Americans consumed about 3.6 zettabytes of information in 2008. You can bet the UK isn’t far behind.
That’s an enormous volume of information: the difference between 0.3 and 3.6 zettabytes is ten times the number of grains of sand on the earth.
This volume of information is apparent every day, in our bulging inboxes, our enormous choice of TV channels and an endless list of results on Google.
It’s no longer information overload. It’s filter failure.
There is chaos on the information superhighway. We can't see the wood from the trees. Facts do not exist any more, because every fact has an anti-fact on the web.
We create our own belief bubbles, our brains are mush and we are driven by what the smart phone tells us. It’s a cocktail for disaster. Or is it?
In Smarter than you think: how technology is changing our minds for the better, author Clive Thompson talks about how technology and the internet makes us smarter and better.
His argument is convincing. Technology provides eternal memory, where we can recall anything and learn from it. And it creates cognitive diversity, providing a place to test, discuss and distribute our thinking with all knowledge at our fingertips.
Technology has also made us more literate. We are writing and reading more than ever with texts, emails, tweets and so on, but tech is also creating different types of literacy.
With video, images, data and — soon — 3D printing, the internet and technology is giving us more rich ways to express ourselves.
If you put it that way, it is difficult to argue. However, Thompson does make reference to the fear of missing out (FOMO) syndrome, the dangers of constant distraction and the need to be mindful and aware of how you think.
And that brings me to Daniel Kahneman’s Thinking, fast and slow. His advice? Regularly step out of this stream of digital information. Take time to slow down. Meditate. Relax.
Kahneman thinks that, in future, we may all benefit from our own digital assistants. He cites Watson, the supercomputer that can play guess-the-question quiz show Jeopardy.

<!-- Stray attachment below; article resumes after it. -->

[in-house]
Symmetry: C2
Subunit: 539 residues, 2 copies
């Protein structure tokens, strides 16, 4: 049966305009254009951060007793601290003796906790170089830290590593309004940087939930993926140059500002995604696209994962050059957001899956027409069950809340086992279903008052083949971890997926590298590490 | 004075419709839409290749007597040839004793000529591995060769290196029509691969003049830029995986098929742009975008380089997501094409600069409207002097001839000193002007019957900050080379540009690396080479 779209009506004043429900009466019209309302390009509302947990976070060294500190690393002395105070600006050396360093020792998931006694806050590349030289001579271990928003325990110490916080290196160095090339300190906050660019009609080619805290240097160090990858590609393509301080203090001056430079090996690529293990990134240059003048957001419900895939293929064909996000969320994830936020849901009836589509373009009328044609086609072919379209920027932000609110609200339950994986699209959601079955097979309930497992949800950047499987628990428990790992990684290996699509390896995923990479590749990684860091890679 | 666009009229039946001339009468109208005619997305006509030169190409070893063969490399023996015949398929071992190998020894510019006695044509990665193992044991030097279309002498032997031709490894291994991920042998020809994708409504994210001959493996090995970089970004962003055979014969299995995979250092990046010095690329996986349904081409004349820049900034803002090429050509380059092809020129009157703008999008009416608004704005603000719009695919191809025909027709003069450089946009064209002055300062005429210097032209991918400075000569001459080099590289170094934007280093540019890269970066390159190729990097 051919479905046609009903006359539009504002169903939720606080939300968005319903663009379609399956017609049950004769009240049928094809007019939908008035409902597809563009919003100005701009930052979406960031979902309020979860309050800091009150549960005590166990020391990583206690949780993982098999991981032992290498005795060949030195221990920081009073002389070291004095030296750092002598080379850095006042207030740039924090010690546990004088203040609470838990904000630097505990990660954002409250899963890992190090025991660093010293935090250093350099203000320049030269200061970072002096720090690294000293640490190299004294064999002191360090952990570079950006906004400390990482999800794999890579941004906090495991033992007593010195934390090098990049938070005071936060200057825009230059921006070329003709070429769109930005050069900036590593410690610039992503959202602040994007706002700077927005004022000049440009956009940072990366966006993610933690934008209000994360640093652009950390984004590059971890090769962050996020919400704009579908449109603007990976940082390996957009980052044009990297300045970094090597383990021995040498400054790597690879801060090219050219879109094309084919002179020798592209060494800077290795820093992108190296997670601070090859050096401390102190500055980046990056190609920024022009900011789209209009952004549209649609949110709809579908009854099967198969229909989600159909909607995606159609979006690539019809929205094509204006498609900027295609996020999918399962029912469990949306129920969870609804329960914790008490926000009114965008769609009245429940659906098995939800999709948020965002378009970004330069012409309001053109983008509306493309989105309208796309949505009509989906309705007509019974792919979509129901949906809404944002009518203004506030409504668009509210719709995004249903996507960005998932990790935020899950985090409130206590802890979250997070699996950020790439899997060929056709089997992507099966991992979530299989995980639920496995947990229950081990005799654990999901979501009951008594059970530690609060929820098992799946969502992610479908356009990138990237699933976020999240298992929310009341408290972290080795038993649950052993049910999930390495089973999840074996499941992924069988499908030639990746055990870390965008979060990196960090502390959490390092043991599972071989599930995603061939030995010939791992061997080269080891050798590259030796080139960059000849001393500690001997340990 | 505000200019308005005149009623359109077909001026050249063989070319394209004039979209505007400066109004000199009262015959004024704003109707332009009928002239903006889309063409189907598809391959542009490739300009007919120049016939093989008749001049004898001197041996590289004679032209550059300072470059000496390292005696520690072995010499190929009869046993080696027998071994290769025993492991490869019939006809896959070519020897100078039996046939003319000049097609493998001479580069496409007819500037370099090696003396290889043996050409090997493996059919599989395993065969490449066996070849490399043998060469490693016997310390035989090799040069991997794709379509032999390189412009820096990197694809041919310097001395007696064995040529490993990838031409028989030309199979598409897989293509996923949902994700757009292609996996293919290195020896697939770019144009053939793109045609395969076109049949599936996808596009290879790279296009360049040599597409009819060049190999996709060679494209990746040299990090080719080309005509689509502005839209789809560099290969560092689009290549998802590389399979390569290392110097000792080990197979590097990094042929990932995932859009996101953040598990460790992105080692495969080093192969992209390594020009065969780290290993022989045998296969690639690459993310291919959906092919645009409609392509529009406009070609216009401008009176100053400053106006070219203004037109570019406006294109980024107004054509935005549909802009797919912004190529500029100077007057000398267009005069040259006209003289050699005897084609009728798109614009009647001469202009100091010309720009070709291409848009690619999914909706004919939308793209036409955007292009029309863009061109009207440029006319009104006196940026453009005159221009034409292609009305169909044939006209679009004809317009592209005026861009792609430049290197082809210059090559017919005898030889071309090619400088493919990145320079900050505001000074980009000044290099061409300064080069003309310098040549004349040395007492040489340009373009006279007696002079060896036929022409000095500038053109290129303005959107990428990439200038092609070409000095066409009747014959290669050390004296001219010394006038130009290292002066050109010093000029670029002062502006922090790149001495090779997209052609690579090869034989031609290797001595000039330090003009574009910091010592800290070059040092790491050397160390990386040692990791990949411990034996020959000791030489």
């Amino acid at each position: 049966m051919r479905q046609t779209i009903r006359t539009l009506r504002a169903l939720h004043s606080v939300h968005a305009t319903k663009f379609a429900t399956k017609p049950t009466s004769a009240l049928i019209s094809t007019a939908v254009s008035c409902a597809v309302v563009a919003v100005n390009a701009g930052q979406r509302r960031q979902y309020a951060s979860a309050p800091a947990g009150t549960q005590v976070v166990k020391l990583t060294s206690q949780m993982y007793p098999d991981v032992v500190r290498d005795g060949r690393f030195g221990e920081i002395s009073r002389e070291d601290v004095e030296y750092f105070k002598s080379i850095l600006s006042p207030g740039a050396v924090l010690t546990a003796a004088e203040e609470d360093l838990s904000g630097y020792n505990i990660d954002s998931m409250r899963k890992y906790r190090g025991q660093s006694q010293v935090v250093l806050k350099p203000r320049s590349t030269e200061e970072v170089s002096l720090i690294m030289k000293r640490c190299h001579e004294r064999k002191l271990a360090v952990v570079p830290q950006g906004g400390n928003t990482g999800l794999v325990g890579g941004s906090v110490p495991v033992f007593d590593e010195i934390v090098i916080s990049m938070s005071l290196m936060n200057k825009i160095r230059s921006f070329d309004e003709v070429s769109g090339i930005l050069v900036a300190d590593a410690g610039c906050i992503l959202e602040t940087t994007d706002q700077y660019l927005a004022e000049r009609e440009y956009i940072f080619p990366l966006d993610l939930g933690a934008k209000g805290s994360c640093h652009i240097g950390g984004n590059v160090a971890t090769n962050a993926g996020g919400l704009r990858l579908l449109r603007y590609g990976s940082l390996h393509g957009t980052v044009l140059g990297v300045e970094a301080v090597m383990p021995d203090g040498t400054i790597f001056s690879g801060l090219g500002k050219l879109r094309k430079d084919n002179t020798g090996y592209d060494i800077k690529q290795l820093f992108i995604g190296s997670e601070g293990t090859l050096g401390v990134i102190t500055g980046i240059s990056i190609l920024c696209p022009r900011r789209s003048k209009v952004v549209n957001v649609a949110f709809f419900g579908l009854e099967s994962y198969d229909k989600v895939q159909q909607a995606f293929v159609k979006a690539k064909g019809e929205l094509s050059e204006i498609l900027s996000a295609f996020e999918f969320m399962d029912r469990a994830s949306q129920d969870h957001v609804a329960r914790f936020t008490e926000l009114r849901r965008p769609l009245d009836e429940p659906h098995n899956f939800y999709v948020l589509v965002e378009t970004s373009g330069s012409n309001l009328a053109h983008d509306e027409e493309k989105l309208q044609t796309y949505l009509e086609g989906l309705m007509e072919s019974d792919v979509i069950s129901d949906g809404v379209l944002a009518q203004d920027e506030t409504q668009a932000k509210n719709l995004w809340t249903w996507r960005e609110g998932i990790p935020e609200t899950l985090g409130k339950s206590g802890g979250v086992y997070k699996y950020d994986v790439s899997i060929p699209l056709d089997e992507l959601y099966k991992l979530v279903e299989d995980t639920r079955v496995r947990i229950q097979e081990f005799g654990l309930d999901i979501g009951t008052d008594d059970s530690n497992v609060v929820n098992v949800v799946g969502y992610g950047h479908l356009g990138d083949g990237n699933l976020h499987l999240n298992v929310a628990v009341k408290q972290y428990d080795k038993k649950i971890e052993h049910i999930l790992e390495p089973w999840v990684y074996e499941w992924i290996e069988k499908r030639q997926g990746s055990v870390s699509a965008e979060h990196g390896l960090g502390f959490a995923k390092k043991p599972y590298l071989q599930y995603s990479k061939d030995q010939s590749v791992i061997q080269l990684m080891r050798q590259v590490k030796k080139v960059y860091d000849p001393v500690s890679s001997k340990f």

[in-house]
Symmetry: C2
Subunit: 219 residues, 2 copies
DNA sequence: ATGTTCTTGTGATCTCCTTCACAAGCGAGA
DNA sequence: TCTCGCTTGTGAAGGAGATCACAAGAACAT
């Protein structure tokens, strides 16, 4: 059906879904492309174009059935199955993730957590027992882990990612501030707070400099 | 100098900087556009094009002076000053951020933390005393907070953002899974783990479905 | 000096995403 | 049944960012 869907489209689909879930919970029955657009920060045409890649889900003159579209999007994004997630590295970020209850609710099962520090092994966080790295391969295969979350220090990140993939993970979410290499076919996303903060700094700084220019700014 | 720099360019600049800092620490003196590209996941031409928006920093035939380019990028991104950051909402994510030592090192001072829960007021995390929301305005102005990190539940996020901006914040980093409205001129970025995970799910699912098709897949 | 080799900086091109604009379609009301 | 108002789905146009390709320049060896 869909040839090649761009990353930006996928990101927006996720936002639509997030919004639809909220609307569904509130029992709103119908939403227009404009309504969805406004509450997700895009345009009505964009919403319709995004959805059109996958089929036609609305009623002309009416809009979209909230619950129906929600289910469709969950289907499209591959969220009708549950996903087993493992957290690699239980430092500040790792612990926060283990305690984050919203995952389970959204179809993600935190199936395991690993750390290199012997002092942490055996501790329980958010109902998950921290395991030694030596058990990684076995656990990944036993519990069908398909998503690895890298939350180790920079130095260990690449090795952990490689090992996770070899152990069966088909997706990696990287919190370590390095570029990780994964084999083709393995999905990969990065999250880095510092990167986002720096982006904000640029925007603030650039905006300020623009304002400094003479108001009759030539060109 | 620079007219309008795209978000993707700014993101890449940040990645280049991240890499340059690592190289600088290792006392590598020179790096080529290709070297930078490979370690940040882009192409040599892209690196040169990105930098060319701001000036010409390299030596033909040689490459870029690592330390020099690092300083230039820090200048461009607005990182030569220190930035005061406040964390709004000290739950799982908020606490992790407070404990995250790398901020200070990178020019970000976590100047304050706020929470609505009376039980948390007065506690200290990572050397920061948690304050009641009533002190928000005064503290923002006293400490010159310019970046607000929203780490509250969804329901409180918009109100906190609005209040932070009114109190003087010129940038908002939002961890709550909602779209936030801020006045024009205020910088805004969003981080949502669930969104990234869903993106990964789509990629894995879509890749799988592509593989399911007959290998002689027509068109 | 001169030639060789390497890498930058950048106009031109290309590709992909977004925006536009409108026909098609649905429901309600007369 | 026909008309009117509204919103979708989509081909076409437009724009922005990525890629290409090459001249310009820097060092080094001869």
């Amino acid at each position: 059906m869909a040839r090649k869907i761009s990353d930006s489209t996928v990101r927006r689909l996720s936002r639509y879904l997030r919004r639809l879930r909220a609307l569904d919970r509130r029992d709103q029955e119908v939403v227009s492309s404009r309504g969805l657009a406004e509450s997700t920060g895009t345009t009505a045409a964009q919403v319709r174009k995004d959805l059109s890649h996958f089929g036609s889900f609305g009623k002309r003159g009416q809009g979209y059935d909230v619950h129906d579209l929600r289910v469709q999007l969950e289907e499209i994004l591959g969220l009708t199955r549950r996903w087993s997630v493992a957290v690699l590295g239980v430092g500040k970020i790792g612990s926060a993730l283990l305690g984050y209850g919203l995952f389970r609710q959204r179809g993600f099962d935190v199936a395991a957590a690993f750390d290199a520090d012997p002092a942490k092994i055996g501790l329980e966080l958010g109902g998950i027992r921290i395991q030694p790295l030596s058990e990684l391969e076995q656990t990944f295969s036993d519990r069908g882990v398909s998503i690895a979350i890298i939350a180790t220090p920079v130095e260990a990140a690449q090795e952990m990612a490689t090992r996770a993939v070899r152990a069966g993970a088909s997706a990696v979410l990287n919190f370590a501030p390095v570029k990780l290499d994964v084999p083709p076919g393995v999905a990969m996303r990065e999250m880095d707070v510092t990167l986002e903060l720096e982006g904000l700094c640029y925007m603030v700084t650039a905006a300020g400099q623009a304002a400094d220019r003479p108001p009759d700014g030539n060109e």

The technology behind Watson is now being used to help doctors diagnose patients based on the answers they give.
In five years, you could have Watson on your phone. It will be your digital, ambient, super-smart digital assistant who can help with your memory, knowledge, thinking and a lot more.
And what will happen then? Well, once you have a powerful new tool for finding answers, you can think of harder problems to solve.
News came this week that much-mooted plans for wireless internet access on London’s Underground are going full steam ahead in time for the Olympics.
Passengers at over 80 Tube stations will be able to log on while moving through stations and waiting for their trains.
On the face of it, this is A Good Thing. For a start, long-suffering commuters will be pleased they can check the exact reason for the delay on their smart phone or even fire off a complaint to Boris Johnson while stood shoulder-to-shoulder on the platform.
You’ll also be able to email your client if you’re running late for an important meeting with them or grab a map of your destination while on the escalator instead of having to wait till you’re back on the surface. If the connection is good enough, making calls via voice over IP services like Skype could be possible.
On the downside, I’m predicting an increase in the number of accidents on escalators as people check their tweets rather than watching where they’re going. We could even see the odd person attempting to use their full-size laptop on the platform.
(If you think that sounds farfetched, my experience suggests otherwise: I once saw a man playing a game of online poker on his laptop while simultaneously negotiating the ticket barriers and escalators at Reading Station, so anything’s possible.)
But as faster internet connections seep into every area of our lives, do we need to start guarding those precious moments when we’re cut off? Should we treasure those increasingly rare minutes when we’re out of signal, offline and unlikely to be disturbed by a buzz in our pocket or someone else’s loud Nokia ringtone? (Watch the video up to the 1:20 mark to make it worthwhile.)
I’m honestly in two minds about this. On the one hand, wireless internet has transformed the way many of us work. Within the office it’s brought extra flexibility to how we conduct meetings and work with colleagues. In the wider world, it’s this technology that enables us to stop for a coffee and catch up on email or get online even when we’re travelling.
But the flipside is that it’s much harder for us to switch off. Queuing in Starbucks? You’re much more likely to check your email or review your tweets than just stopping to look around you.
On the train? Never mind sitting there quietly to collect your thoughts or getting stuck into reading a complex document. With wireless internet available on many UK services, you’re more likely to get distracted by Facebook or spend the time dealing with email overload.
Currently, losing internet access can be a frustrating experience. But we’re slowly but surely moving towards a world where you can stay connected everywhere.
So, once internet access has crept into every rural blackspot, once every plane has Wi-Fi and once underground trains pose no barrier to getting online (like in Tokyo), will we start to yearn for a place where we can be disconnected? Will the frustration of getting cut-off unexpectedly be replaced by the frustration of being always reachable?
Well, it’s maybe not that clear-cut. But we’re certainly going to have to learn more self-discipline and understand when unplugging ourselves is a good idea: whether it’s to focus on getting a task done or simply to find time and space to think.